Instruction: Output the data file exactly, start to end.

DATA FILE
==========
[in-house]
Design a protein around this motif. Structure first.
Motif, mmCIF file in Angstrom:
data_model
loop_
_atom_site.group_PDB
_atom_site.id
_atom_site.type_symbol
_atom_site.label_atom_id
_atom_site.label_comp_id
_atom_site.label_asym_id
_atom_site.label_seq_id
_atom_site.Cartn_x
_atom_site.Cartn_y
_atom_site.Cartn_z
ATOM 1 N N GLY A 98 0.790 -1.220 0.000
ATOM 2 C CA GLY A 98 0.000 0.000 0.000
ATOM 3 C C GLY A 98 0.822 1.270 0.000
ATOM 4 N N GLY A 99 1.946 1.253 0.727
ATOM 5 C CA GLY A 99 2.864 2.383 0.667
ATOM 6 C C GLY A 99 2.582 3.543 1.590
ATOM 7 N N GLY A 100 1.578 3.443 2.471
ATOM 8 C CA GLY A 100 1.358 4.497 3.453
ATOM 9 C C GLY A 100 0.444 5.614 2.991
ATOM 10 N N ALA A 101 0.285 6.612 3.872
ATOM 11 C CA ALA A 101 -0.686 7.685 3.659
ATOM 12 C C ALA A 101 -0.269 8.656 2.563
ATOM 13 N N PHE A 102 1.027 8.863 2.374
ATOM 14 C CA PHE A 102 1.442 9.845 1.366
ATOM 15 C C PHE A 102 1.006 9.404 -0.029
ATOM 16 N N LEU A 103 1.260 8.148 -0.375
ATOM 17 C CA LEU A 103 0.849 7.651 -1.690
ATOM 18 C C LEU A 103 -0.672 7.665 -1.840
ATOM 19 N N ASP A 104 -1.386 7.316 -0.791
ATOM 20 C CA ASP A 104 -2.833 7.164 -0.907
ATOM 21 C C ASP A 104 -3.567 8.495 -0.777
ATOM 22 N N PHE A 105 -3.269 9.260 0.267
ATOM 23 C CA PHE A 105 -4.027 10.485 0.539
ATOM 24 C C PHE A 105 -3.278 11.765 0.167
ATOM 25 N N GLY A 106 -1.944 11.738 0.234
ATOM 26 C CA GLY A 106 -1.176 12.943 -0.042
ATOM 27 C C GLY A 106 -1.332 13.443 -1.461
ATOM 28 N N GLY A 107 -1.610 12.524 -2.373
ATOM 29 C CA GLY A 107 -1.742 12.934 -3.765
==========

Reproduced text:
[in-house]
Design a protein around this motif. Structure first.
Motif, mmCIF file in Angstrom:
data_model
loop_
_atom_site.group_PDB
_atom_site.id
_atom_site.type_symbol
_atom_site.label_atom_id
_atom_site.label_comp_id
_atom_site.label_asym_id
_atom_site.label_seq_id
_atom_site.Cartn_x
_atom_site.Cartn_y
_atom_site.Cartn_z
ATOM 1 N N GLY A 98 0.790 -1.220 0.000
ATOM 2 C CA GLY A 98 0.000 0.000 0.000
ATOM 3 C C GLY A 98 0.822 1.270 0.000
ATOM 4 N N GLY A 99 1.946 1.253 0.727
ATOM 5 C CA GLY A 99 2.864 2.383 0.667
ATOM 6 C C GLY A 99 2.582 3.543 1.590
ATOM 7 N N GLY A 100 1.578 3.443 2.471
ATOM 8 C CA GLY A 100 1.358 4.497 3.453
ATOM 9 C C GLY A 100 0.444 5.614 2.991
ATOM 10 N N ALA A 101 0.285 6.612 3.872
ATOM 11 C CA ALA A 101 -0.686 7.685 3.659
ATOM 12 C C ALA A 101 -0.269 8.656 2.563
ATOM 13 N N PHE A 102 1.027 8.863 2.374
ATOM 14 C CA PHE A 102 1.442 9.845 1.366
ATOM 15 C C PHE A 102 1.006 9.404 -0.029
ATOM 16 N N LEU A 103 1.260 8.148 -0.375
ATOM 17 C CA LEU A 103 0.849 7.651 -1.690
ATOM 18 C C LEU A 103 -0.672 7.665 -1.840
ATOM 19 N N ASP A 104 -1.386 7.316 -0.791
ATOM 20 C CA ASP A 104 -2.833 7.164 -0.907
ATOM 21 C C ASP A 104 -3.567 8.495 -0.777
ATOM 22 N N PHE A 105 -3.269 9.260 0.267
ATOM 23 C CA PHE A 105 -4.027 10.485 0.539
ATOM 24 C C PHE A 105 -3.278 11.765 0.167
ATOM 25 N N GLY A 106 -1.944 11.738 0.234
ATOM 26 C CA GLY A 106 -1.176 12.943 -0.042
ATOM 27 C C GLY A 106 -1.332 13.443 -1.461
ATOM 28 N N GLY A 107 -1.610 12.524 -2.373
ATOM 29 C CA GLY A 107 -1.742 12.934 -3.765